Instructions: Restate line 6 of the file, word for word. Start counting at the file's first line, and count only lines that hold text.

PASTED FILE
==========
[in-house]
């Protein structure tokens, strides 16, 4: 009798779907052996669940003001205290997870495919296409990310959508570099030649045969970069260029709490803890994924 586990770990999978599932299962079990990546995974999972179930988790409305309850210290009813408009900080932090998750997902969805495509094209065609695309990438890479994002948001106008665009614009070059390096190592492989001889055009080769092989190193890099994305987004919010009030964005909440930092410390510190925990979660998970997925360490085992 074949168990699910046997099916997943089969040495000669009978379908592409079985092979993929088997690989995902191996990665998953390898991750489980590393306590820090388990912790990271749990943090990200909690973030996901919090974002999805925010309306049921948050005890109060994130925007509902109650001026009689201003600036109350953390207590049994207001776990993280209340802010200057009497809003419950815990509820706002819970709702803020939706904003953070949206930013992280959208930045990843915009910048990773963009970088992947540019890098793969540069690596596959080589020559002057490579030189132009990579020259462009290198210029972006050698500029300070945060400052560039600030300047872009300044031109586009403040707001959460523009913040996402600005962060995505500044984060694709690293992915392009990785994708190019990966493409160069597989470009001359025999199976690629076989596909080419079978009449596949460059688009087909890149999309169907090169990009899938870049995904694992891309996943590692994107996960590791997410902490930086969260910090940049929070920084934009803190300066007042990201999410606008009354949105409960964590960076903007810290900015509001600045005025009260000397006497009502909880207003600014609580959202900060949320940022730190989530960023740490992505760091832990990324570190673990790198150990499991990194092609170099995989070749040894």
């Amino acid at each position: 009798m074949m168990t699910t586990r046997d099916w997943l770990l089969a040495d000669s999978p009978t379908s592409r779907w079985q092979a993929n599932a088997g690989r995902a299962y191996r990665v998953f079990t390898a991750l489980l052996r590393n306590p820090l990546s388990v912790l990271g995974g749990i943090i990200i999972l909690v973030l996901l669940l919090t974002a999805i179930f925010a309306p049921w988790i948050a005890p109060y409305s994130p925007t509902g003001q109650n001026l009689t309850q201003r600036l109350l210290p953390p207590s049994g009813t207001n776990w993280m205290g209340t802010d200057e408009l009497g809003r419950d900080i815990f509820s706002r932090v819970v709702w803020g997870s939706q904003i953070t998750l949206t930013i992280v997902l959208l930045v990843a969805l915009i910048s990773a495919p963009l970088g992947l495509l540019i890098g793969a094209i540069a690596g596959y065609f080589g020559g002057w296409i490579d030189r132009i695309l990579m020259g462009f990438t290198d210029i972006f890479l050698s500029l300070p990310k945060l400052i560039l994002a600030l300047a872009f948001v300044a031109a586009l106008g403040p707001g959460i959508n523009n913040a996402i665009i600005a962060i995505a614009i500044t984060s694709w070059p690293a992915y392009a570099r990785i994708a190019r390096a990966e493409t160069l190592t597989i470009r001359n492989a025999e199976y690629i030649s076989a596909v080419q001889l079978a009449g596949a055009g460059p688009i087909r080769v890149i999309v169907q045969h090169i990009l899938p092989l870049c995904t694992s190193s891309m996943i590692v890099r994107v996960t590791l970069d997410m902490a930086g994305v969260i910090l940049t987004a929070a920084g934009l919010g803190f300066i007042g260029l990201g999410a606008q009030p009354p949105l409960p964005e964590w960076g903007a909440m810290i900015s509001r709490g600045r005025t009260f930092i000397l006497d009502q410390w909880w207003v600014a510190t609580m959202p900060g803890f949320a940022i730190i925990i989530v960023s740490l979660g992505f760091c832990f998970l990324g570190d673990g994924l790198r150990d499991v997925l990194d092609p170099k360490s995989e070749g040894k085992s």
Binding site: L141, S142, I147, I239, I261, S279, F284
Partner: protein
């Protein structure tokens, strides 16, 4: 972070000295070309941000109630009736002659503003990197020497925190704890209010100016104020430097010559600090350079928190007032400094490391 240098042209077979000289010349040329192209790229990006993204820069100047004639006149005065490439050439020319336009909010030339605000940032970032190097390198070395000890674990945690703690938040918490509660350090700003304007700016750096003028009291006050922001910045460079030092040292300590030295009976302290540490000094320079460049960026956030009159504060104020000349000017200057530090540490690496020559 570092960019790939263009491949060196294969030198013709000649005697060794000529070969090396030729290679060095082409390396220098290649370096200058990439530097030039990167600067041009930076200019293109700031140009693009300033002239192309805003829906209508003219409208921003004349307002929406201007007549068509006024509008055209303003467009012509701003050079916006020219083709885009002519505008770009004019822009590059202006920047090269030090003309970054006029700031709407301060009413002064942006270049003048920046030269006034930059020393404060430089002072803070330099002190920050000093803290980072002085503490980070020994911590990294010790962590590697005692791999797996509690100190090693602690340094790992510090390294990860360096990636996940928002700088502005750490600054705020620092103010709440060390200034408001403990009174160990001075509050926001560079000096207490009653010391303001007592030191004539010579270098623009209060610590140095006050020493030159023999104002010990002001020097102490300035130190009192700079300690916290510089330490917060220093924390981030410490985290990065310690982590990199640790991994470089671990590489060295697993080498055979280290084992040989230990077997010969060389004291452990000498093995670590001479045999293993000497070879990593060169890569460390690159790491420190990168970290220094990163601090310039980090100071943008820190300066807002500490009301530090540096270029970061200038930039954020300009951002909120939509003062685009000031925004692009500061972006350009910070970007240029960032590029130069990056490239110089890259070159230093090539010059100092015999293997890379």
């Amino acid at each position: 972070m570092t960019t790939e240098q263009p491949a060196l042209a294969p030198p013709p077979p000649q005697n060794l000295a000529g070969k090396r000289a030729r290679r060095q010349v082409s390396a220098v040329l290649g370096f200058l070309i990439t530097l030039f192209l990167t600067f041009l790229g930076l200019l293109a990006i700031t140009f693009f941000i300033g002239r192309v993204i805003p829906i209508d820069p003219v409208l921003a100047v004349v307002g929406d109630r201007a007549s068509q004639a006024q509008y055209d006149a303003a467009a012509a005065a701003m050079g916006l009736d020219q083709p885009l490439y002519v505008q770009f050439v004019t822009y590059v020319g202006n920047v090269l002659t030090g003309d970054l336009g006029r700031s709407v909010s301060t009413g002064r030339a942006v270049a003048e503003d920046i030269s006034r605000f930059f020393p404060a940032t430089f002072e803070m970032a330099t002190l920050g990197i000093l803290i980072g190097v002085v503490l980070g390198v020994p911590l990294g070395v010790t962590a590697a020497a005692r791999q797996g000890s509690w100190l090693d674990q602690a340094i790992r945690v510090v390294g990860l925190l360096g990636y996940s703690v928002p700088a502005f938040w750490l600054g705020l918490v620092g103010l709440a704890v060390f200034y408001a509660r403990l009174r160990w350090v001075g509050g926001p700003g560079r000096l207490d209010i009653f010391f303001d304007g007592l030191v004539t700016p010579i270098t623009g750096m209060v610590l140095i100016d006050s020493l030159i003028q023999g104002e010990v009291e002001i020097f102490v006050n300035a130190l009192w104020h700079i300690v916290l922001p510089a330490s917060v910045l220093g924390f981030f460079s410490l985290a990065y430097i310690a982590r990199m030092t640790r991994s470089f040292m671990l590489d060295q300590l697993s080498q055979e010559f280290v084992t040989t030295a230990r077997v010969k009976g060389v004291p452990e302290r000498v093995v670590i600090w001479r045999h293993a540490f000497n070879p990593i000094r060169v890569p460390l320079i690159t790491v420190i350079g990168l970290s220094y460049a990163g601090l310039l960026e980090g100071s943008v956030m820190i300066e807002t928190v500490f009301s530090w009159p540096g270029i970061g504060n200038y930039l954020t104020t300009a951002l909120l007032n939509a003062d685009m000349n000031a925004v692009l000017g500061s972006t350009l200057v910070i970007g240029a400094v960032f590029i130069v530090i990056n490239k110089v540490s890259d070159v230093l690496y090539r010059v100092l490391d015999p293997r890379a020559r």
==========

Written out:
């Protein structure tokens, strides 16, 4: 972070000295070309941000109630009736002659503003990197020497925190704890209010100016104020430097010559600090350079928190007032400094490391 240098042209077979000289010349040329192209790229990006993204820069100047004639006149005065490439050439020319336009909010030339605000940032970032190097390198070395000890674990945690703690938040918490509660350090700003304007700016750096003028009291006050922001910045460079030092040292300590030295009976302290540490000094320079460049960026956030009159504060104020000349000017200057530090540490690496020559 570092960019790939263009491949060196294969030198013709000649005697060794000529070969090396030729290679060095082409390396220098290649370096200058990439530097030039990167600067041009930076200019293109700031140009693009300033002239192309805003829906209508003219409208921003004349307002929406201007007549068509006024509008055209303003467009012509701003050079916006020219083709885009002519505008770009004019822009590059202006920047090269030090003309970054006029700031709407301060009413002064942006270049003048920046030269006034930059020393404060430089002072803070330099002190920050000093803290980072002085503490980070020994911590990294010790962590590697005692791999797996509690100190090693602690340094790992510090390294990860360096990636996940928002700088502005750490600054705020620092103010709440060390200034408001403990009174160990001075509050926001560079000096207490009653010391303001007592030191004539010579270098623009209060610590140095006050020493030159023999104002010990002001020097102490300035130190009192700079300690916290510089330490917060220093924390981030410490985290990065310690982590990199640790991994470089671990590489060295697993080498055979280290084992040989230990077997010969060389004291452990000498093995670590001479045999293993000497070879990593060169890569460390690159790491420190990168970290220094990163601090310039980090100071943008820190300066807002500490009301530090540096270029970061200038930039954020300009951002909120939509003062685009000031925004692009500061972006350009910070970007240029960032590029130069990056490239110089890259070159230093090539010059100092015999293997890379």